Updated May 24 at 1:30 P.M.
The total number of Epic customers pledging to join the electronic medical record provider in its participation in the Trusted Exchange Framework and the Common Agreement (TEFCA) has jumped to 29.
After announcing the participation of 20 health systems plus health tech company KeyCare and health information exchange OCHIN on Monday, seven more organizations have joined the pledge including Kaiser Permanente.
According to Matt Doyle, interoperability software development lead at Epic, the EMR company is optimistic that nearly all of the 2,000 hospitals and 600,000 clinicians that use Epic across the country will participate.
Last week, MedAllies announces its approval as the seventh prospective Qualified Health Information Network (QHIN) under TEFCA. As an approved candidate, the health information service provider will now embark upon pre-production testing and completion of its project plan. If successful, it will join the "network of networks."
Epic announced the first cohort of health systems pledging to join the national health information-sharing network dubbed TEFCA.
Epic is a member of the inaugural group of six prospective QHINs that were recognized by the Department of Health and Human Services (HHS) earlier this year. Today, Epic announced that 20 health systems along with health tech company KeyCare and health information exchange OCHIN will be joining TEFCA with the goal of increasing interoperability in healthcare.
Notable participating health systems include Cedars-Sinai, Mayo Clinic, MetroHealth, Mount Sinai Health System, NYU Langone Health, Stanford Health Care and UC Davis Health.
“By joining TEFCA, these health systems reaffirm their ongoing commitment to improving patient care by advancing health information exchange,” Matt Doyle, interoperability software development lead at Epic, said in a press release. “Our plan is to deliver software this year that will help our customers to be among the initial participants in TEFCA, and we’re optimistic that nearly all of the 2,000 hospitals and 600,000 clinicians that use Epic across the U.S. will participate.”
TEFCA is a public-private partnership mandated by the 21st Century Cures Act in 2016. Health systems that will be joining the framework via Epic range from large hospitals to safety net providers. These provider organizations currently use Epic’s interoperability tools to improve information sharing, the company said.
Starting in 2008, providers began using Epic’s interoperability platform named Care Everywhere. The electronic medical record provider calls the platform the first of its kind. As of today, the platform exchanges 14 million patient charts daily, half of which occur with organizations using other vendor systems.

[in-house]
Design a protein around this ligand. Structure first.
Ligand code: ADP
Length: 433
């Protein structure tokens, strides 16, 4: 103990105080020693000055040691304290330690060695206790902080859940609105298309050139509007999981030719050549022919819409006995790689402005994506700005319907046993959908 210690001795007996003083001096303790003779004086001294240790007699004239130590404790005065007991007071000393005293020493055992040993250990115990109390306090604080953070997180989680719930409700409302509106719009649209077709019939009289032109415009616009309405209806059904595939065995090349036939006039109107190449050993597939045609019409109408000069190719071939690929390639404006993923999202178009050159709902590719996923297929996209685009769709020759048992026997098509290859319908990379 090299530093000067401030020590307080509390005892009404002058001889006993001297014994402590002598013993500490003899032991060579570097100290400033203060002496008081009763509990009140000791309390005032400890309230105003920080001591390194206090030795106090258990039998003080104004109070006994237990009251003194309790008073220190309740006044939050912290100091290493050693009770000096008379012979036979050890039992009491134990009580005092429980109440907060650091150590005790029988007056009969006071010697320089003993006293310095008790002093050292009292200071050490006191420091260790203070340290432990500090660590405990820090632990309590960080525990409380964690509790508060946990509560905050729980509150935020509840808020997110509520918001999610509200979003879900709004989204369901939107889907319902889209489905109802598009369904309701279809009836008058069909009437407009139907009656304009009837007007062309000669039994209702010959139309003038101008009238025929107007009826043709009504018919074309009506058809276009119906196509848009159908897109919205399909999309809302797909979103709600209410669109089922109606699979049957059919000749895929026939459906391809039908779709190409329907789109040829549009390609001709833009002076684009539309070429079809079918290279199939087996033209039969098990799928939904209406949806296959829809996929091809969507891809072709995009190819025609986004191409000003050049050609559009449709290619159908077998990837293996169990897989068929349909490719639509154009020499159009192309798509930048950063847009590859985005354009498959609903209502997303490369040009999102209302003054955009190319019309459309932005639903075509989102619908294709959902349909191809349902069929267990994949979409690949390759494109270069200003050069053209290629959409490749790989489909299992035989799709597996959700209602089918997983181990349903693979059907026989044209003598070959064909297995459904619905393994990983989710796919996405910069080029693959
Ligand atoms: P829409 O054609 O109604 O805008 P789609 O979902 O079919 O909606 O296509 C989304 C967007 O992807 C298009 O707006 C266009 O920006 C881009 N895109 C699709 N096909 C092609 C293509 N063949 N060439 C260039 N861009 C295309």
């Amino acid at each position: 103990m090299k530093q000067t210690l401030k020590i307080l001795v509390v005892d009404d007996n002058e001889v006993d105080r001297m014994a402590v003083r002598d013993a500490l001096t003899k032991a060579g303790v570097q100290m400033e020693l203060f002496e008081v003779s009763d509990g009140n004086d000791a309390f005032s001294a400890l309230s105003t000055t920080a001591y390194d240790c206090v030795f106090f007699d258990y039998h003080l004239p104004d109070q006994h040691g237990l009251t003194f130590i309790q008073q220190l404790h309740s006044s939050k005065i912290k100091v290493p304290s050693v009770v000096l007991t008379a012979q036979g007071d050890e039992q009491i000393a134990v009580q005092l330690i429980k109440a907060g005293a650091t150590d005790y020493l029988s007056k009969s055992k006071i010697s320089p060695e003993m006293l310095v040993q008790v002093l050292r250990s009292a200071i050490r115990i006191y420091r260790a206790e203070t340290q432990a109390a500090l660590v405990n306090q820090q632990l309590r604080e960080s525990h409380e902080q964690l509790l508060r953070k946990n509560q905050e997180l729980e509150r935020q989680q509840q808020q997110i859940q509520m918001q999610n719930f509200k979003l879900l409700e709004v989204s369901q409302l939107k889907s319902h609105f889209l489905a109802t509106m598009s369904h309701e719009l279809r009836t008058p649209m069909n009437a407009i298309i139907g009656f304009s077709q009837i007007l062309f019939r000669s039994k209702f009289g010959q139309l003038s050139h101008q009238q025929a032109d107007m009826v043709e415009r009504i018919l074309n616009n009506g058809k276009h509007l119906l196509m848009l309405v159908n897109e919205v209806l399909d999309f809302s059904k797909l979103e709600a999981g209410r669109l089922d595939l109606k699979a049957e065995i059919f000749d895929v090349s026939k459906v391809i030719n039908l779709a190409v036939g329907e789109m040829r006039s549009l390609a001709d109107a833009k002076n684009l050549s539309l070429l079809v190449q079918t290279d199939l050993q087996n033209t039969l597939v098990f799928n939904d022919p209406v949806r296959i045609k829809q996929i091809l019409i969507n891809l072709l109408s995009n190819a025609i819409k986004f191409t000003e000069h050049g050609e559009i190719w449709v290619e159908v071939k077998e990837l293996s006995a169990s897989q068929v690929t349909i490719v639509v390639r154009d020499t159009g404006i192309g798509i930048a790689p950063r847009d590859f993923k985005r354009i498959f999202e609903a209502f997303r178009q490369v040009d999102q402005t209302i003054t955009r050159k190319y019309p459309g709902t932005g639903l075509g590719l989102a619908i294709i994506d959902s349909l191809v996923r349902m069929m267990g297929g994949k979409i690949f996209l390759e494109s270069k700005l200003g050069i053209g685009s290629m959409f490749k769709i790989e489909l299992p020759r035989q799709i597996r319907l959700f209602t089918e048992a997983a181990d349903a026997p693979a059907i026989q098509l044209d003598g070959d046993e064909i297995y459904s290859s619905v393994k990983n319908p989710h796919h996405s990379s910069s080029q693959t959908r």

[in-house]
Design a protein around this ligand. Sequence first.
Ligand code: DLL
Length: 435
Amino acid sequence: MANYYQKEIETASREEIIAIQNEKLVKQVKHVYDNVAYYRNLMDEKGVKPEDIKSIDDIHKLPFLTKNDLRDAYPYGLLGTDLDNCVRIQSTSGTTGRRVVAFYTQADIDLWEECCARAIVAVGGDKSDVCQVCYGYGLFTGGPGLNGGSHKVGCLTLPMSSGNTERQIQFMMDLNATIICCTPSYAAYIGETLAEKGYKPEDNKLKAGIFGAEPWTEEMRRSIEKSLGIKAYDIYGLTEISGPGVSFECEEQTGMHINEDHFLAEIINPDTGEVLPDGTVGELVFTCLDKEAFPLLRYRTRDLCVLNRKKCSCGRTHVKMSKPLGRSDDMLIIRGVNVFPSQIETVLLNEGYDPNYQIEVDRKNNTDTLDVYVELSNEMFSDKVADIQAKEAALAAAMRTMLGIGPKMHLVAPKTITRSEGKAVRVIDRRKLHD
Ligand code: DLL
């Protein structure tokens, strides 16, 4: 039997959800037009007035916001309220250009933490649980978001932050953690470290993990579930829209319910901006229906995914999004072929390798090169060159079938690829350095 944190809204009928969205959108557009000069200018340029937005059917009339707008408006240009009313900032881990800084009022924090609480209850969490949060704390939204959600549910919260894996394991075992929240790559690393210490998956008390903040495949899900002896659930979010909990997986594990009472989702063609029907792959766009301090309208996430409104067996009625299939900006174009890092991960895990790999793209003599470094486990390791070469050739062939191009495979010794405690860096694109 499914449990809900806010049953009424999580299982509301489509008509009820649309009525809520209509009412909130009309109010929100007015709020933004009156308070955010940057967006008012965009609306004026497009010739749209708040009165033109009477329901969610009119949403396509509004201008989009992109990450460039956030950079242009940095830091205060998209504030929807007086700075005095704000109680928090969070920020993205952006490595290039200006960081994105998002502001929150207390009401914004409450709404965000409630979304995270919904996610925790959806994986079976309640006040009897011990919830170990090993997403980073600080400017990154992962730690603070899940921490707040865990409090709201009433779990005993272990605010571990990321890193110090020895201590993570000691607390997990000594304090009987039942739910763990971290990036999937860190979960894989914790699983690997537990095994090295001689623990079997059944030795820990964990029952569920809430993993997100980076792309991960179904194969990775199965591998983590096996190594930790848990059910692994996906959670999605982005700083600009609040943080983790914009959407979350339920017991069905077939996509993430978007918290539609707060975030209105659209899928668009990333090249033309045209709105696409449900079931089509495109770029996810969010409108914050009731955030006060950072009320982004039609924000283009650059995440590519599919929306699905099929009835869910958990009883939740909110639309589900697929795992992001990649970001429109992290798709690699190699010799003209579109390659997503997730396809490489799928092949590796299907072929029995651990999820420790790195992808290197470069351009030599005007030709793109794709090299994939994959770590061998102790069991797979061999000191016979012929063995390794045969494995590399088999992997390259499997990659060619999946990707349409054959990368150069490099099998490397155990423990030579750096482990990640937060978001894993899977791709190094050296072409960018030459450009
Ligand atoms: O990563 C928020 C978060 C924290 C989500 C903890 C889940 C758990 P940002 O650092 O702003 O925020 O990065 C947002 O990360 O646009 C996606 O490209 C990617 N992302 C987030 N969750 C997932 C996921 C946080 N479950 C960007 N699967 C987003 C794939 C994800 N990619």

Epic was a founding member of the Carequality framework, a nationwide exchange framework that includes all of Epic’s U.S.-based hospitals and 70% of all U.S. hospitals. Carequality was spearheaded by The Sequoia Project, an organizing entity that facilitated conversations between HHS and private enterprises in developing TEFCA.
“Stanford Health Care is excited to join the nationwide TEFCA framework,” Matthew Eisenberg, associate chief medical information officer at Stanford Health Care, said in a press release. “We have long supported regional partnerships to promote data sharing for treatment and our North California partners have been trailblazers in national interoperability as early participants in the Carequality Framework. We are excited about the vision of a simpler if not single on-ramp to secure, national health information exchange that will benefit all of our patients and providers.”
The voluntary TEFCA framework is nonbinding and establishes a core set of data available for secure, fruitful exchange. Epic is joined by five other organizations, including CommonWell Health Alliance and eHealth Exchange, that have volunteered to take the steps to become QHINs.
HHS’ Office of the National Coordinator for Health IT released the first draft of TEFCA in January 2018 with policies, procedures and technical standards for meaningful information exchange between providers, state and regional health information exchanges and federal agencies.
Interoperability between healthcare entities has been shown to improve health outcomes, ease the patient burden of repeating health information and alleviate the tedium laid on nurses and clinicians forced to translate patient data between siloed systems.
“While most Americans probably won't recognize that you scored some real touchdowns in the last several months of work, at some point, it's going to click that something is changed, that all of a sudden, that specialist instantly got the information that was needed to keep them alive,” HHS Secretary Xavier Becerra said at the February event recognizing Epic and other QHINs. “At some point, the synapses will click and they'll realize something has changed in the way we do healthcare.”